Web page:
Zoe Cruz: Women and models of power Part 1

Last night I was reading in New York Magazine about how Zoe Cruz was fired from Morgan Stanley. The story begins with a description of how she went to a meeting with her boss, CEO John Mack, expecting to be named his successor, but instead ends up getting fired. The rest of the story describes how Zoe Cruz was basically, punished by her male colleagues who openly hated her, ignored by her subordinates, and betrayed by her mentor. It also describes how this was partly a result of Zoe Cruz playing too well the game by adopting the aggressive power style of the men around her and the men being bristled by that.

I read the article with distress for what it means to be a women in positions of significant leadership. The lingering animosity towards powerful women 20-30 years older than me affects women of my generation and below. Generational changes will address some of this, so I can partly wait it out. But for the next 10-15 years, when I hopefully have made a transition from emerging leader to just leader, what model of power do I adopt?

Male Power?

Having attended Bryn Mawr College, I've been exposed to women who have adopted a stereotypical male style of elite power. Zoe Cruz would fit into that category as well as many women in their 50s and 60s in elite positions of power like Hillary Clinton. I do not forget that Condeleezza Rice is called the "Ice Princess." In many ways, it makes sense that this would be their survival strategy, when they were so greatly outnumbered and the hostility toward their presence so open.

It is of course a double-edged sword to adopt "male power," because I hear male colleagues all the time criticizing female colleagues, students, and me for being stubborn (i.e. holding strong opinions), self-centered  (i.e. being independent), bossy (i.e. holding people accountable for what they say but fail to do), arrogant (i.e. believing in self more than the low estimation that they hold of your abilities, especially when you deliver on your promises), and cold (i.e. not crying when they do really mean things to you).

Yet, especially as an African-American woman, who comes from a deep matriarchal structure (and not because there were no men, its just the women are awesome human beings), I am willing to hold to my opinions, structure my relationships to optimize independence, hold people accountable for what they fail to do, believe in my own abilities without them needed to be reinforced by someone else's approval, and will not cry if you do really mean things to me (not in public). And in the past, I have been betrayed by colleagues (male and female) for being so. The great thing about being independent is that while your ego can be shattered by these events, they in no way affect your material well being, so you are easily able to regain equilibrium. And once you put your ego back together, you learn.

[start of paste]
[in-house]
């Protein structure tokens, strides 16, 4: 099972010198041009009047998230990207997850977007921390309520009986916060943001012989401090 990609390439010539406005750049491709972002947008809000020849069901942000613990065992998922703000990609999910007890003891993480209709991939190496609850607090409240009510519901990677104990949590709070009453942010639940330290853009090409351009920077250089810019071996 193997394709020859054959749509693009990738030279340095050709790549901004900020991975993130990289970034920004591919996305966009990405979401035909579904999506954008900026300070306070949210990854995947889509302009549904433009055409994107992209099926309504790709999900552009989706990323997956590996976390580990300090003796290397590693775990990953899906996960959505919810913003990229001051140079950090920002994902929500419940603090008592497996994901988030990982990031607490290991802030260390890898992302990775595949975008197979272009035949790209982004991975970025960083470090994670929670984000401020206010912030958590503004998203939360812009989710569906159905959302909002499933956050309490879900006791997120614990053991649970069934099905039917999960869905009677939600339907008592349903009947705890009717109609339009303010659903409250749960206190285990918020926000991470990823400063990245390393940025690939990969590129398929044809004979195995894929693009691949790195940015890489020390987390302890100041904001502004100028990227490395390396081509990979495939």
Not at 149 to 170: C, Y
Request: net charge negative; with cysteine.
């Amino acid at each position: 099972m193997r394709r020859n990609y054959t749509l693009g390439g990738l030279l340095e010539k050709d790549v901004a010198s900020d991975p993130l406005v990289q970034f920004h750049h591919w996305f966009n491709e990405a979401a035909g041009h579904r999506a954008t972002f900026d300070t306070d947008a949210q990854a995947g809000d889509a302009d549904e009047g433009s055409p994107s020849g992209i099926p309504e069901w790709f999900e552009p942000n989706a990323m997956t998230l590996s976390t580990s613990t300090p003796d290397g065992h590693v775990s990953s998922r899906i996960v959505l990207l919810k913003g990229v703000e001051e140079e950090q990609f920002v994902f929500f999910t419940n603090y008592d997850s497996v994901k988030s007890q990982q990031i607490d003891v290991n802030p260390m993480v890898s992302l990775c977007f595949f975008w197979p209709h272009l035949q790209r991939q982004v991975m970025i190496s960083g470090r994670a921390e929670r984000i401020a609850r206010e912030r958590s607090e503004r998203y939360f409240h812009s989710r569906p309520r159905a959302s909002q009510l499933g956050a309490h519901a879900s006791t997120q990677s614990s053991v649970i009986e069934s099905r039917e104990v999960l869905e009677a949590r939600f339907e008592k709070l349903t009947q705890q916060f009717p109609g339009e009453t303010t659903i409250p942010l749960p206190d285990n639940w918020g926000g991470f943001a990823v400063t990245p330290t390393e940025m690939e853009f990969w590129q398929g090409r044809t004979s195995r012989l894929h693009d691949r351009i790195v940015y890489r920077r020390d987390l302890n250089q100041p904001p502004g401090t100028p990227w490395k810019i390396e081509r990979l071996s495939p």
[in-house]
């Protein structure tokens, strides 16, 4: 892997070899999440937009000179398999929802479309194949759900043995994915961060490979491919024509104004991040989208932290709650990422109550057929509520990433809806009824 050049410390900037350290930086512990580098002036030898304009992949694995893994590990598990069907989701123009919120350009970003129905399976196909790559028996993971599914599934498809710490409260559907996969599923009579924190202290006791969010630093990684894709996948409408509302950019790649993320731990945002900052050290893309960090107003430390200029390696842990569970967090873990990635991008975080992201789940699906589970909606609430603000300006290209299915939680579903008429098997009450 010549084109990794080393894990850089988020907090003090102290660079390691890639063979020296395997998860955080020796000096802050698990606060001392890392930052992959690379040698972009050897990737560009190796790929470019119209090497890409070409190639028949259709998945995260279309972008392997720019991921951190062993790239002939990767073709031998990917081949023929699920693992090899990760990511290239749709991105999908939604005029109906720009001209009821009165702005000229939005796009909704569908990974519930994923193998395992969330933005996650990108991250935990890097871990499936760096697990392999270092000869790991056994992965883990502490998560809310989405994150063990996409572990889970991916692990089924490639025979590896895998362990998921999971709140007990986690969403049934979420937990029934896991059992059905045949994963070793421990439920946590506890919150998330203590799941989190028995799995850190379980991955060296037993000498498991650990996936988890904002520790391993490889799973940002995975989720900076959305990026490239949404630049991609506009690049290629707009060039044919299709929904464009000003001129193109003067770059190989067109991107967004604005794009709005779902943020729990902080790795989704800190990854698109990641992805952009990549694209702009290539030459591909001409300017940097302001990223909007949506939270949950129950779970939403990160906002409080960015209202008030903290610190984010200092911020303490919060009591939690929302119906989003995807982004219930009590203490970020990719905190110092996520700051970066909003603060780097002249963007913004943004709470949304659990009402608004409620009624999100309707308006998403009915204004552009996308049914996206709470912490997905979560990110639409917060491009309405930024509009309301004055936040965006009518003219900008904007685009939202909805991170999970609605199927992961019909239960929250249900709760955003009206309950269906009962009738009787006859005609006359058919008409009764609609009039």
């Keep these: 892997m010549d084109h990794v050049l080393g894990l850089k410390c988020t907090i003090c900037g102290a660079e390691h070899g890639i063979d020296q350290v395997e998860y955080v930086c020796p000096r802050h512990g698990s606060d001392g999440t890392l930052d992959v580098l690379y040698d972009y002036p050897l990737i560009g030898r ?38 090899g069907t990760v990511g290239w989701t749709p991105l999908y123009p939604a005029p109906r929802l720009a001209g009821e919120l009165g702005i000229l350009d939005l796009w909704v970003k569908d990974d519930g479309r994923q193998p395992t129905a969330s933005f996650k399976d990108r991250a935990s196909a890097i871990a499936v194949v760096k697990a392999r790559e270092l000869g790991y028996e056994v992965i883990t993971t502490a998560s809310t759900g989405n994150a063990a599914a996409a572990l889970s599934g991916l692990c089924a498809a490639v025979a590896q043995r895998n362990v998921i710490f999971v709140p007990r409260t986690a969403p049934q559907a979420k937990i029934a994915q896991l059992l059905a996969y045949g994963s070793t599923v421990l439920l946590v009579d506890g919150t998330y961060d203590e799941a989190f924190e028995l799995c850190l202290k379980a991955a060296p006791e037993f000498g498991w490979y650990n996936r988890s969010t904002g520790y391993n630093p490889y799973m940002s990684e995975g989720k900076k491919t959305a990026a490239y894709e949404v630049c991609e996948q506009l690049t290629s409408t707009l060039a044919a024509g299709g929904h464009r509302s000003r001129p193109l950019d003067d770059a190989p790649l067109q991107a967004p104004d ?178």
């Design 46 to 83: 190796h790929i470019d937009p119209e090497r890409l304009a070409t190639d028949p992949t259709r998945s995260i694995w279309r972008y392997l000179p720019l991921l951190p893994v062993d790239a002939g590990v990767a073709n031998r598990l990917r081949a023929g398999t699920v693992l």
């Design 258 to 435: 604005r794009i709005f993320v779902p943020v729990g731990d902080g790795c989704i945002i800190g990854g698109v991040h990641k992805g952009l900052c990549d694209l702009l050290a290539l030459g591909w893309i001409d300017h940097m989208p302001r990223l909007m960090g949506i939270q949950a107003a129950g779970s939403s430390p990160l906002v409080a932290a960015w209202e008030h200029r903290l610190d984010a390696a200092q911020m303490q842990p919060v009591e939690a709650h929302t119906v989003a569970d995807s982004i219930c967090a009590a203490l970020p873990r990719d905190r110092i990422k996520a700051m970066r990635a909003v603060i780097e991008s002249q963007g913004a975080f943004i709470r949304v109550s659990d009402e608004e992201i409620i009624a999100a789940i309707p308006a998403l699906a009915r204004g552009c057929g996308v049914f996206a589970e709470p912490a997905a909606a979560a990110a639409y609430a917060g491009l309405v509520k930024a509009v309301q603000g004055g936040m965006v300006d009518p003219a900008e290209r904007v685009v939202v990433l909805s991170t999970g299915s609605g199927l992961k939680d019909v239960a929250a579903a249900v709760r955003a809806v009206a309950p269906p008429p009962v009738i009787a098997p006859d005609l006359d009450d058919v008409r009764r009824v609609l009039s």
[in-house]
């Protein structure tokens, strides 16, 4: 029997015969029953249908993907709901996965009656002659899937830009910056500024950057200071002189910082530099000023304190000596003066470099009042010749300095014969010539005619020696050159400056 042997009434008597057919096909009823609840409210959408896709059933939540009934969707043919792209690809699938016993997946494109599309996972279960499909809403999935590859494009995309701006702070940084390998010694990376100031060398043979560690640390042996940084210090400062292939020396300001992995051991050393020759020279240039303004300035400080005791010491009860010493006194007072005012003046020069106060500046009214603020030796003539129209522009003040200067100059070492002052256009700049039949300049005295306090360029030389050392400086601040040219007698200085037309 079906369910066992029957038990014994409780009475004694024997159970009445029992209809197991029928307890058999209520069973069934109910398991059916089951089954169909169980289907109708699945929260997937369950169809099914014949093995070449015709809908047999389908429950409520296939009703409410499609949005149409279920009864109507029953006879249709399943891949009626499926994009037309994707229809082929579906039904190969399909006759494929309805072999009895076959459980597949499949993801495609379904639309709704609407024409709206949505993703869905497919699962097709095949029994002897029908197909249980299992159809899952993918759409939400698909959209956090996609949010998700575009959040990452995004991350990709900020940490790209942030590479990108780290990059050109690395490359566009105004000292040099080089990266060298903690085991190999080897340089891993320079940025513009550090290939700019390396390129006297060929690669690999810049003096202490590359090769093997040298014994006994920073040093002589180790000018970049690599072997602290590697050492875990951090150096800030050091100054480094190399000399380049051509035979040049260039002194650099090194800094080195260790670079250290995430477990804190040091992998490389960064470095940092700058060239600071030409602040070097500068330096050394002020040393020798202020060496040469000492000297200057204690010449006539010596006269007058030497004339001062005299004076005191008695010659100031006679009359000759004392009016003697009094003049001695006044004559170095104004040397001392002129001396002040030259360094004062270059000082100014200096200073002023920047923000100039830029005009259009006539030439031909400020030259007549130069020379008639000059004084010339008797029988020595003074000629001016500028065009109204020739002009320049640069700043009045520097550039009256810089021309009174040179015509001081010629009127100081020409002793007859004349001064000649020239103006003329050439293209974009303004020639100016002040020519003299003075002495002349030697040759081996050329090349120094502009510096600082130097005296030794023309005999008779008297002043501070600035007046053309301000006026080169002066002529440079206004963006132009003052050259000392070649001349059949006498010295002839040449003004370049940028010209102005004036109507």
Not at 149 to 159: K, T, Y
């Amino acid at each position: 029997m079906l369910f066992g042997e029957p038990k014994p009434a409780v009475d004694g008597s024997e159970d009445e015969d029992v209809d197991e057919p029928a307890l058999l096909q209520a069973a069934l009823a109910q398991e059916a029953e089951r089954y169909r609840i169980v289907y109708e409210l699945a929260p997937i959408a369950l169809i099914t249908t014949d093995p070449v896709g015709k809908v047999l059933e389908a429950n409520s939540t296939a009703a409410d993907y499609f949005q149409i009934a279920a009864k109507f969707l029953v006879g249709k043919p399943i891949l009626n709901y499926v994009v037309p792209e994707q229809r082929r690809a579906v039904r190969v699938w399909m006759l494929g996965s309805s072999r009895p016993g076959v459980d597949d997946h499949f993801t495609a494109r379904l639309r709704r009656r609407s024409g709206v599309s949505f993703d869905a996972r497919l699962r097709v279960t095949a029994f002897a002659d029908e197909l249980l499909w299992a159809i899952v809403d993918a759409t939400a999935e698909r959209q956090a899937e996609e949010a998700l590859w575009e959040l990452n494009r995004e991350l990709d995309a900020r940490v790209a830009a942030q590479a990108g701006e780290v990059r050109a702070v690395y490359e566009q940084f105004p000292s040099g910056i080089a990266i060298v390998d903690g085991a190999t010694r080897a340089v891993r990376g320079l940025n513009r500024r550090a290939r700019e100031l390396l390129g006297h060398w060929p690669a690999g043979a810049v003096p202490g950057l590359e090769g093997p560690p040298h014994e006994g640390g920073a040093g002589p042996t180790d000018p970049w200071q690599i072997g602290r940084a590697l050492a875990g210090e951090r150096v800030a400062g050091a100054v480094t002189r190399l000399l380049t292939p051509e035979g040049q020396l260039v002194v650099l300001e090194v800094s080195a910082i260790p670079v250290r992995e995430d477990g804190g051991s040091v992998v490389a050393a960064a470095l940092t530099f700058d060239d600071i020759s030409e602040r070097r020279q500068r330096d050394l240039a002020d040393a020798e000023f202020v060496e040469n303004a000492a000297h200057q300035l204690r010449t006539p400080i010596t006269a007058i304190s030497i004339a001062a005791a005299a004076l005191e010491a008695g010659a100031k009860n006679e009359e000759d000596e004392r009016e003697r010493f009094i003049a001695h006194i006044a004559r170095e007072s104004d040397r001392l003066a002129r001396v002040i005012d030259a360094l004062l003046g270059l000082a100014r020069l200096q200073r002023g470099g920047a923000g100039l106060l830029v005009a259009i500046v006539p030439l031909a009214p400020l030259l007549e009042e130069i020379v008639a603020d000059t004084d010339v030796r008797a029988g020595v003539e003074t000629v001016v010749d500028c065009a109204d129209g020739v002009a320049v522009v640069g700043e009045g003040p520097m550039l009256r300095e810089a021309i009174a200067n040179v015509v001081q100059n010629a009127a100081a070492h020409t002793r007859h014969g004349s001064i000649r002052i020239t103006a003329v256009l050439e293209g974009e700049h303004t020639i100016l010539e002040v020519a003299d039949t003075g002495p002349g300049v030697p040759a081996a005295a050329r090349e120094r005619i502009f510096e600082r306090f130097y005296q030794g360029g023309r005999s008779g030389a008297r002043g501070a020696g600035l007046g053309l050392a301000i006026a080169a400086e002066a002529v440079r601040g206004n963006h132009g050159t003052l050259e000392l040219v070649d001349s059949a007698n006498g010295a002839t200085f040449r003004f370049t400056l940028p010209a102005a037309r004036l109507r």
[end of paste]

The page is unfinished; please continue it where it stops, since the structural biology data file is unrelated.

I've learned to hold my opinions yet seek to find shared opinions with others, remain independent but structure projects so that all can contribute what they do best, continue to hold people accountable and get rid of them if they are not (this is a must), believe in my own abilities but praise the abilities of others, and still not cry if people do really mean things to me. The truth is that I don't know any great models for what I've been doing with power, lately.

I mean I get bits a pieces from people. Praising people I've learned best from Ric Grefe. I think it comes from working with a mostly volunteer effort, so payment is only in affection and praise. Remaining independent but structuring for contribution I've learned from Robert Feldman. Holding my opinions but finding shared opinions I've learned from Ken Friedman. Not crying in public, except when you really need to, I've learned from Hillary Clinton.  And perhaps that is all that you can get is learning bits and pieces from people.

But also having attend Bryn Mawr, there is the Goddess model of power. Tomorrow, I shall explore that more.


15 lines of Fame in Chicago Red Eye

So for those who did not have enough on lap dancing and Flirty Girls Fitness, I got literally the last word on the subject in yesterday’s Chicago RED EYE in a story, Workouts Gone Wild written by Kyra Kyles. It is a balanced story in terms of presenting the views of women who enjoy the class, the owners of the gyms that offer strip and pole dancing classes, the men who feel they can benefit from women taking the class, and me, who talked about the wider social ramifications for young women and feminism. But then again, I might just like it because I got the last word. Tee hee.


Flirty Girl Fitness

As I walk my dog each morning on Randolph, I have passed by the soon to be opened Flirty Girl Fitness center. I thought, "Oh just another gym," until I saw a sign that read, "Are you fit enough to strip?" Basically, the Flirty Girl Fitness center will offer you for a monthly fee of $120 unlimited classes in stripping, pole dancing, lap dancing, and boxing with pink boxing gloves.